Pearl Sydenstricker Buck was born on June 26, 1892, in Hillsboro, West Virginia. Her parents, Absalom Sydenstricker and Carolyn Stulting Sydenstricker, had returned on home leave to the United States from China, where Absalom had been serving as a Presbyterian missionary for over a decade. A few months after her birth, the family went back to China, where Pearl would spend most of the next forty years. She grew up bilingual and, in her own later phrase, culturally bi-focal, educated in both English and Chinese. During these years, the family lived in several towns and cities along the Yangtze River.
In 1910, Pearl came to the United States to attend Randolph-Macon Woman’s College, a small, denominational school in Lynchburg, Virginia. Although Pearl had intended to find a career in America following her graduation, she returned instead to China to care for her mother, who was suffering from the illness that would eventually claim her life. Shortly after her return, Pearl met a young, Cornell-educated agricultural missionary, John Lossing Buck. They were married in 1917, and lived for the next three years in a poor farming village in Anhwei (now Anhui) province. In 1920, Lossing accepted a position at Nanking (now Nanjing) University and the couple moved to a house on the university’s campus. In that same year, Pearl gave birth to a daughter, Carol; during the difficult delivery, Pearl was discovered to have a uterine tumor, which led to a hysterectomy. Over the next several years, Carol was diagnosed as severely mentally retarded. She would eventually spend most of her life in an institution in Vineland, New Jersey.
During the 1920’s, Pearl Buck (henceforth Buck in this essay) taught religion and literature to Chinese students at Nanking University. In 1924-25, she and Lossing and Carol spent a year at Cornell University, where she earned a master’s degrees in English, while Lossing completed course work toward his Ph.D. His subsequent publications, which included Chinese Farm Economy (1930), a pioneering work of survey research, had a wide influence on the study of Chinese agriculture throughout much of the rest of the century.
While living in Nanking, Buck published a handful of essays and short stories, and completed a first novel, East Wind, West Wind, which was published by the John Day Company in 1930. Within a year, Buck published her second novel, The Good Earth.
Set in an impoverished region of central China, The Good Earth tells the story of a poor farmer named Wang Lung, tracing his life from his marriage day to old age. Wang Lung’s identity and values have been shaped above all by his relationship to the land, a poor, unyielding soil that his family has worked for generations. When the time comes for him to marry, his father sends him to buy a slave for his wife from the region’s wealthiest family. That woman, O-lan, is the novel’s most vivid character, a person of strength, integrity, and instinctive good judgment, who provides the book’s moral center. The triumphs and defeats that Wang Lung and his family experience summarize the encounter between traditional China and the revolutionary future.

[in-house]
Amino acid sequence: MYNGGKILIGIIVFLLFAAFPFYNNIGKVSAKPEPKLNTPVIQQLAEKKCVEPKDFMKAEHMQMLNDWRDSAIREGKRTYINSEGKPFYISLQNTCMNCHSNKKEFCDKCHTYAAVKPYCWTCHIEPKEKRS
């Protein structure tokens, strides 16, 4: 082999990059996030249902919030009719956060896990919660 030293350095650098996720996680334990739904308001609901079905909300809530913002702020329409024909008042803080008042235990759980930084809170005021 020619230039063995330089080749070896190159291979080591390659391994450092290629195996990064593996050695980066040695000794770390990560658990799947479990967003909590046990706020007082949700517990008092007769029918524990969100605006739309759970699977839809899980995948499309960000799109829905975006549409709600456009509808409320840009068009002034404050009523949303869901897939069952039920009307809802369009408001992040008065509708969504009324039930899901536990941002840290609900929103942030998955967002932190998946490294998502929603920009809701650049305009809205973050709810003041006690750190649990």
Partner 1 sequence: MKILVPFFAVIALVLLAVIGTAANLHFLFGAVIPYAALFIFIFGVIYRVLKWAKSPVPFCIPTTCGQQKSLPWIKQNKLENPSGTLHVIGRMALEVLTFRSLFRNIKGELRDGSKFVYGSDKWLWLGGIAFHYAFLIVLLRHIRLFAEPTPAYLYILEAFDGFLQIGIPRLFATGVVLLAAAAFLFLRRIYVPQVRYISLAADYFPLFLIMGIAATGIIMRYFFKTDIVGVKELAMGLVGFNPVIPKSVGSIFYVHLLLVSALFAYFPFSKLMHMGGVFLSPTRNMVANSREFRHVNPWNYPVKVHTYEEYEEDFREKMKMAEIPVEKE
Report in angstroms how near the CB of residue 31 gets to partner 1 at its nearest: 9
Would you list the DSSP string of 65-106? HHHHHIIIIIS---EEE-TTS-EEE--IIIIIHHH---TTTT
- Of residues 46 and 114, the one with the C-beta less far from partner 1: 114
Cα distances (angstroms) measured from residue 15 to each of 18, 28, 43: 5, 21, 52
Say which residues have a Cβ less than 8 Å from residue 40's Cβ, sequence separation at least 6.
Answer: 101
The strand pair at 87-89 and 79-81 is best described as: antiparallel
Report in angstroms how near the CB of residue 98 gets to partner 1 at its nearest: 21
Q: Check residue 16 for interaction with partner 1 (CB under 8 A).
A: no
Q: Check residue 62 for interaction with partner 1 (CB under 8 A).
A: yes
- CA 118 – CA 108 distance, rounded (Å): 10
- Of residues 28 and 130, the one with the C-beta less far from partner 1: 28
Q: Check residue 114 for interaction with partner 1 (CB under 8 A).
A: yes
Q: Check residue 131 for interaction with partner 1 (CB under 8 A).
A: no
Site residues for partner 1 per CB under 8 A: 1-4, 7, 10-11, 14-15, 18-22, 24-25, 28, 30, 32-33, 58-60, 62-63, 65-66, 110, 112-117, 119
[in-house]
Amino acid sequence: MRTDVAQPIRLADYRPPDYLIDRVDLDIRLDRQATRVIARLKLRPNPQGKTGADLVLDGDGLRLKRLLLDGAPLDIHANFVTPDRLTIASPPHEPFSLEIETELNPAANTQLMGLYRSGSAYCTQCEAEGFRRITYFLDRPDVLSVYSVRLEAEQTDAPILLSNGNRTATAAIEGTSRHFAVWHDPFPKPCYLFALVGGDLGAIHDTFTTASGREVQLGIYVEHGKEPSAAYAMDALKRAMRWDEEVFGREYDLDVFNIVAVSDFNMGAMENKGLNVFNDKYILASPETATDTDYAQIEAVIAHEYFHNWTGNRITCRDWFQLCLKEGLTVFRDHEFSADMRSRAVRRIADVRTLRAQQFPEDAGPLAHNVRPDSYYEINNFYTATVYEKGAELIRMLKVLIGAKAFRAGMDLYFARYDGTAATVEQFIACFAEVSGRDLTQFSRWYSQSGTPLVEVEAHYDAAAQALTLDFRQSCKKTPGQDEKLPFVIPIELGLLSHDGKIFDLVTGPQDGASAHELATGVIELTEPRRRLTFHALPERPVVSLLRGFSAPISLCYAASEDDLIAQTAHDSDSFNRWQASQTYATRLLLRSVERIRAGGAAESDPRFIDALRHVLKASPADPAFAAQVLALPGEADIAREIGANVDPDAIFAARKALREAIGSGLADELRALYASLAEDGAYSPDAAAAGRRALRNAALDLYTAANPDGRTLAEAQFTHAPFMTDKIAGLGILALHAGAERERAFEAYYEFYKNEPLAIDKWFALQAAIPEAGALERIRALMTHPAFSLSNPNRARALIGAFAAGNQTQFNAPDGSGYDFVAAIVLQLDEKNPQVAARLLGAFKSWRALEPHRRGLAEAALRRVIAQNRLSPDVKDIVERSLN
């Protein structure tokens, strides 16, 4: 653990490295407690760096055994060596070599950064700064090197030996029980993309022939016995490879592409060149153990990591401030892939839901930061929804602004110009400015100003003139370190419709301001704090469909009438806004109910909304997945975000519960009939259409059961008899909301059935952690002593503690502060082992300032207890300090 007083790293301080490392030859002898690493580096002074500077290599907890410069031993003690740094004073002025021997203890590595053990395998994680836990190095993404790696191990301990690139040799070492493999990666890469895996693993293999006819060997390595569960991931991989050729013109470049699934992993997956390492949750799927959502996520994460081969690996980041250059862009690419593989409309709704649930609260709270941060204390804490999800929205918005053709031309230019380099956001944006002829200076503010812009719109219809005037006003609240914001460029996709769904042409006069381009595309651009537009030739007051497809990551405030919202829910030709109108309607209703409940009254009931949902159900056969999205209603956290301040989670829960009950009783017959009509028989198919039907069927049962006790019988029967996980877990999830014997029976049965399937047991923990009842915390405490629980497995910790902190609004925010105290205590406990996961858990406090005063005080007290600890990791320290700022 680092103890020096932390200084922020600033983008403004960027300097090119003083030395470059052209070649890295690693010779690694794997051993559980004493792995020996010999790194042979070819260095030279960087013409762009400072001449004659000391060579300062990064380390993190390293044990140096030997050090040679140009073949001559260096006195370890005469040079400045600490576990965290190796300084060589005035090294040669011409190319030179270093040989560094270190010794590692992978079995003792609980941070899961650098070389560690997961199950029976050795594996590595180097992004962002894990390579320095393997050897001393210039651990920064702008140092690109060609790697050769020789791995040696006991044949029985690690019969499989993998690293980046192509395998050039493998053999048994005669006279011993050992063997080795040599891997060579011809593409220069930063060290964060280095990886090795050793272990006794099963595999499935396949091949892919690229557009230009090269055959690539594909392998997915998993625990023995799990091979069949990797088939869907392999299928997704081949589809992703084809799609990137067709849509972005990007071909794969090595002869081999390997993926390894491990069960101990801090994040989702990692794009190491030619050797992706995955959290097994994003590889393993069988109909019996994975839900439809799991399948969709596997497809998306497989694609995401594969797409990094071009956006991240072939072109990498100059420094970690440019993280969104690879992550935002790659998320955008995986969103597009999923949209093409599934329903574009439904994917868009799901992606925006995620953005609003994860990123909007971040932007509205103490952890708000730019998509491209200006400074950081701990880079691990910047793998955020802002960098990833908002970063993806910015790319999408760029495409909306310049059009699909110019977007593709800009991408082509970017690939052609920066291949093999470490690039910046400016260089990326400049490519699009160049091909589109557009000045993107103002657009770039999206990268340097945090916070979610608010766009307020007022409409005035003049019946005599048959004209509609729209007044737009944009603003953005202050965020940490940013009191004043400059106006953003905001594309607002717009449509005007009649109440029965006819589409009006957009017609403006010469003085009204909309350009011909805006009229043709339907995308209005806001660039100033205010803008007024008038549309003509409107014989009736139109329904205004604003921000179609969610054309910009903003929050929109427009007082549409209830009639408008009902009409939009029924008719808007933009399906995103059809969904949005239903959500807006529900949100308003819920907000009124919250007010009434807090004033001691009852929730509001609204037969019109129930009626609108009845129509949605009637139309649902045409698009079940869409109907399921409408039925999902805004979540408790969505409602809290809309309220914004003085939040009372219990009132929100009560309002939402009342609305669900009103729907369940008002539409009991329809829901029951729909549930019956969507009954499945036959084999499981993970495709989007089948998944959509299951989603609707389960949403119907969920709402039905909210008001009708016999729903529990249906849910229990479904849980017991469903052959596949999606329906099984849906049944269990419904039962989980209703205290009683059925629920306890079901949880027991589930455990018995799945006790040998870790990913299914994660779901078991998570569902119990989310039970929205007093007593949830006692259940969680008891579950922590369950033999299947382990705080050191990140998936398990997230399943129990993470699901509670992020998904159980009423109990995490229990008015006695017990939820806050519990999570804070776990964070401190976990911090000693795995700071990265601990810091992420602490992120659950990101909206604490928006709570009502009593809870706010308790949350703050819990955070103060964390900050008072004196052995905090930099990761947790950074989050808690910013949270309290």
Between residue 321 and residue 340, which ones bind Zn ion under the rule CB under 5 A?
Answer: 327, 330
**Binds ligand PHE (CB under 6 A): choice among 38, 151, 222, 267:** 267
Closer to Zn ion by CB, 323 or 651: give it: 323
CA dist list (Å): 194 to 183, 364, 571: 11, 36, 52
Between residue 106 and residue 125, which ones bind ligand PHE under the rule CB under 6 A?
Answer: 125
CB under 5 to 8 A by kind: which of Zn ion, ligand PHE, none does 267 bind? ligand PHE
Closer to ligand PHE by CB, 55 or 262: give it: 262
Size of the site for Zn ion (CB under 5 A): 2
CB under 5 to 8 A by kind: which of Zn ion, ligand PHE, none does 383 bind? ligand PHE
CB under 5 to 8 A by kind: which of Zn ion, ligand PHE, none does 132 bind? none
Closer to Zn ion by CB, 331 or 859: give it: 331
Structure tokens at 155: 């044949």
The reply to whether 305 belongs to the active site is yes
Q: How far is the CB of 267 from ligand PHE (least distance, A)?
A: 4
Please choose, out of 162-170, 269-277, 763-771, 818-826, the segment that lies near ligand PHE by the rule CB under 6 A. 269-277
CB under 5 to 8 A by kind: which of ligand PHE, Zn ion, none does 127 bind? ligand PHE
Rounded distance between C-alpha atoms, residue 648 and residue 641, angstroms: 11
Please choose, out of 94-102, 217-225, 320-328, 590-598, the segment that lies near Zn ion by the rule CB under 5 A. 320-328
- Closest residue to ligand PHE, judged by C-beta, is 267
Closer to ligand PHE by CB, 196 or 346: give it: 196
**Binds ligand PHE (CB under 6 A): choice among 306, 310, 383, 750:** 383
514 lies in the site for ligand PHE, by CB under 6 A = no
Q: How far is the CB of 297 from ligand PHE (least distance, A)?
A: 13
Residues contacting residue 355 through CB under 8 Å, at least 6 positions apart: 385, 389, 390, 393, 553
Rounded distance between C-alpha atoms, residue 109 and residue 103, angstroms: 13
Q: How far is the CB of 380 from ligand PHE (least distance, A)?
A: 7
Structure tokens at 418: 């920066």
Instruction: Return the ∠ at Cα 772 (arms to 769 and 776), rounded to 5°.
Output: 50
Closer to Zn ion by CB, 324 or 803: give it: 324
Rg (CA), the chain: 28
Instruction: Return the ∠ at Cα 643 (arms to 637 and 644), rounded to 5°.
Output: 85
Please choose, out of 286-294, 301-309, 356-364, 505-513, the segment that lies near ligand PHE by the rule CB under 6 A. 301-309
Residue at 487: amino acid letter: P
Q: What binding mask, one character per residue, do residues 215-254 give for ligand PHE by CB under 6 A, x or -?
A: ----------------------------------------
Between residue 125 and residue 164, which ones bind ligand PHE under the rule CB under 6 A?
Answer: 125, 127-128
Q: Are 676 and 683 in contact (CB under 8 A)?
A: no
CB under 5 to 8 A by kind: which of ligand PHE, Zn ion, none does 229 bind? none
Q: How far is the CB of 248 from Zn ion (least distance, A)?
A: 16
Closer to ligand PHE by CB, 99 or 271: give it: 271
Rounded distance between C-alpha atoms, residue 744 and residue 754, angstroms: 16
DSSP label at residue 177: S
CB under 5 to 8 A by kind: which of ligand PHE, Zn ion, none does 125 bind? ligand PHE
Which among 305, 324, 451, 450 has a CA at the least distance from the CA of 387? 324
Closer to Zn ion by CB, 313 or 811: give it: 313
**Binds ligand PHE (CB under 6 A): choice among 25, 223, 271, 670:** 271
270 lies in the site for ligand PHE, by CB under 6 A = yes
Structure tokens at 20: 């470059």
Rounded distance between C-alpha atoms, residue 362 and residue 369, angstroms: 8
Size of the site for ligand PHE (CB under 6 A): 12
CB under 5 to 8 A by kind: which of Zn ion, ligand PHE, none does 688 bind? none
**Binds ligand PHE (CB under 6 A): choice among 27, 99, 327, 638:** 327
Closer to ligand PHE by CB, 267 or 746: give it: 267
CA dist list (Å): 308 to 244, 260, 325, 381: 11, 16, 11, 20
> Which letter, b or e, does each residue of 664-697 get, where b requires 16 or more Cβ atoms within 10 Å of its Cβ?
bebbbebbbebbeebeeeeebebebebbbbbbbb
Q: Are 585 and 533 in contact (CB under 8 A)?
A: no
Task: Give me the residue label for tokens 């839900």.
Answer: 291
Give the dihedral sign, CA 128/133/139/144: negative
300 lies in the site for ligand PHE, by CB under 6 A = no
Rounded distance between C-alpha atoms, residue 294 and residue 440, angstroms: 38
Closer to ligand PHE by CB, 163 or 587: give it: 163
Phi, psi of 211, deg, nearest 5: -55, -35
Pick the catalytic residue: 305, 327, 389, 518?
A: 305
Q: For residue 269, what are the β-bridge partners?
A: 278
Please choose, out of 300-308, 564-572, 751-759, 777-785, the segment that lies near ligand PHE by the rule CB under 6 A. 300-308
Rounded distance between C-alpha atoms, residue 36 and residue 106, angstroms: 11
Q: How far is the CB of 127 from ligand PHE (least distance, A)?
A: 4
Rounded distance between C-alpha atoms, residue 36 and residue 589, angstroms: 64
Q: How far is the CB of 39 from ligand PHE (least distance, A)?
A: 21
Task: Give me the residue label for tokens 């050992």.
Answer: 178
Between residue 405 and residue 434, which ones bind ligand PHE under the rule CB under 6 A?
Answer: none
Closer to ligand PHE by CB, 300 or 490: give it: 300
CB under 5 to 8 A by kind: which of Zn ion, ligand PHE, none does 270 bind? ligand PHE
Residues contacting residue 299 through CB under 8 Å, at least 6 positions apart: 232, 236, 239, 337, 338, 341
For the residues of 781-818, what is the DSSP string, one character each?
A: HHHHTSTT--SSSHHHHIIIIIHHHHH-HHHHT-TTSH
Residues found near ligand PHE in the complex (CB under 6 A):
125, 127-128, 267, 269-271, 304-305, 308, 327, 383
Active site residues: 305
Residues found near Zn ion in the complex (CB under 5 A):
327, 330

As many critics pointed out, The Good Earth was distinguished by its studious avoidance of stereotype in its portrayal of Asian characters; Wang Lung, O-lan, and the other Chinese figures, are rendered as ordinary men and women, doing their best to survive in a hard, often dangerous world. The book’s critical success was matched by its extraordinary popularity. The Good Earth won the Pulitzer Prize for Fiction in 1932, and went on to become one of the two or three best-selling books of the decade. (The film version, produced by MGM in 1937, earned Luise Rainer an academy award for Best Actress.) The Good Earth has played an extraordinary role in American cultural history. In 1956, in a monograph called Scratches on Our Mind, sociologist Harold Isaacs determined that The Good Earth had done more to shape American impressions of China than any other source in the quarter-century following its publication.
Over the next several years, Buck made several significant changes in her life. In 1935, after moving back to the United States, she divorced Lossing Buck and married Richard Walsh, president of John Day. They moved to a country house called Green Hills Farm in Bucks County, north of Philadelphia; together they raised their growing family of adopted children. Buck’s publications in the 1930s included two sequels to The Good Earth, Sons and A House Divided. She also published separate biographies of each of her parents. The titles of these two books encapsulated their themes: Fighting Angel told the story of her father’s pugnacious and indefatigable evangelism; The Exile portrayed her mother as the generous victim of a misplaced religious and marital loyalty. In 1938, Buck was awarded the Nobel Prize for Literature, an honor that was welcomed by her millions of readers, but was greeted with derision by a good many critics. She used the occasion of her Nobel lecture to deliver a talk on “The Chinese Novel,” a well-informed survey of several hundred years of China’s fiction.
From virtually the day of her settlement in the U.S. in the mid-thirties, Buck enlisted in a number of progressive causes. She joined the Urban League and the National Association for the Advancement of Colored People (NAACP), and published several essays in the journals of both organizations. She spoke out on behalf of the Equal Rights Amendment, and published a series of feminist essays that were collected in a book called Of Men and Women (1941).